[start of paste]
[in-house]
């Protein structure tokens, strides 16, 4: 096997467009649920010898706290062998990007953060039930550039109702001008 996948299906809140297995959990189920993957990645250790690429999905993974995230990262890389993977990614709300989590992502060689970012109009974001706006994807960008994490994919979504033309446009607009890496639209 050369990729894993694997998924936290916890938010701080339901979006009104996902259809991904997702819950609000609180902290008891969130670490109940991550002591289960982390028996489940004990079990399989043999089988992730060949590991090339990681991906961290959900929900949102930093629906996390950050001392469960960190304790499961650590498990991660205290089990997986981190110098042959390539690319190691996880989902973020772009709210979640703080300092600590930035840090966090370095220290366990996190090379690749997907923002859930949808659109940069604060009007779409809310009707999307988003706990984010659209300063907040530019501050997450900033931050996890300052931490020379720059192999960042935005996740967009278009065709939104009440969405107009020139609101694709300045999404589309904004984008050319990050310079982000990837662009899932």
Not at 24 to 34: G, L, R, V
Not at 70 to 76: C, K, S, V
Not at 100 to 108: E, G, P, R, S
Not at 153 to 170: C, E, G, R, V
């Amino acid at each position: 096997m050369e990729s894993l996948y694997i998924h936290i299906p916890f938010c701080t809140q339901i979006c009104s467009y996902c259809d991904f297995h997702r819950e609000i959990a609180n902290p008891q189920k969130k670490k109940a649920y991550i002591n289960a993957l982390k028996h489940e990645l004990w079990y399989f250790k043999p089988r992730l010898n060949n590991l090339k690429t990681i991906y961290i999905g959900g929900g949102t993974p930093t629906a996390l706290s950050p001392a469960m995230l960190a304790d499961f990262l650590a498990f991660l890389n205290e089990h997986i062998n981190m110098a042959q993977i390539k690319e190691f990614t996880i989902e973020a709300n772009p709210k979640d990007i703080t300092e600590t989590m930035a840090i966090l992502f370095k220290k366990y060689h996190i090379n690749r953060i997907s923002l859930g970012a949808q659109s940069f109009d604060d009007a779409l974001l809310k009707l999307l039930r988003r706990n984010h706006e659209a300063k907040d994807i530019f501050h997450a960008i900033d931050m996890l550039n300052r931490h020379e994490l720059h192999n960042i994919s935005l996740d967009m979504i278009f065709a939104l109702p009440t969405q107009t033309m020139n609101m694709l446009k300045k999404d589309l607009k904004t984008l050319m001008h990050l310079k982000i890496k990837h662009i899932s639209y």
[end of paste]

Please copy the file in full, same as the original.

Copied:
[in-house]
């Protein structure tokens, strides 16, 4: 096997467009649920010898706290062998990007953060039930550039109702001008 996948299906809140297995959990189920993957990645250790690429999905993974995230990262890389993977990614709300989590992502060689970012109009974001706006994807960008994490994919979504033309446009607009890496639209 050369990729894993694997998924936290916890938010701080339901979006009104996902259809991904997702819950609000609180902290008891969130670490109940991550002591289960982390028996489940004990079990399989043999089988992730060949590991090339990681991906961290959900929900949102930093629906996390950050001392469960960190304790499961650590498990991660205290089990997986981190110098042959390539690319190691996880989902973020772009709210979640703080300092600590930035840090966090370095220290366990996190090379690749997907923002859930949808659109940069604060009007779409809310009707999307988003706990984010659209300063907040530019501050997450900033931050996890300052931490020379720059192999960042935005996740967009278009065709939104009440969405107009020139609101694709300045999404589309904004984008050319990050310079982000990837662009899932």
Not at 24 to 34: G, L, R, V
Not at 70 to 76: C, K, S, V
Not at 100 to 108: E, G, P, R, S
Not at 153 to 170: C, E, G, R, V
């Amino acid at each position: 096997m050369e990729s894993l996948y694997i998924h936290i299906p916890f938010c701080t809140q339901i979006c009104s467009y996902c259809d991904f297995h997702r819950e609000i959990a609180n902290p008891q189920k969130k670490k109940a649920y991550i002591n289960a993957l982390k028996h489940e990645l004990w079990y399989f250790k043999p089988r992730l010898n060949n590991l090339k690429t990681i991906y961290i999905g959900g929900g949102t993974p930093t629906a996390l706290s950050p001392a469960m995230l960190a304790d499961f990262l650590a498990f991660l890389n205290e089990h997986i062998n981190m110098a042959q993977i390539k690319e190691f990614t996880i989902e973020a709300n772009p709210k979640d990007i703080t300092e600590t989590m930035a840090i966090l992502f370095k220290k366990y060689h996190i090379n690749r953060i997907s923002l859930g970012a949808q659109s940069f109009d604060d009007a779409l974001l809310k009707l999307l039930r988003r706990n984010h706006e659209a300063k907040d994807i530019f501050h997450a960008i900033d931050m996890l550039n300052r931490h020379e994490l720059h192999n960042i994919s935005l996740d967009m979504i278009f065709a939104l109702p009440t969405q107009t033309m020139n609101m694709l446009k300045k999404d589309l607009k904004t984008l050319m001008h990050l310079k982000i890496k990837h662009i899932s639209y």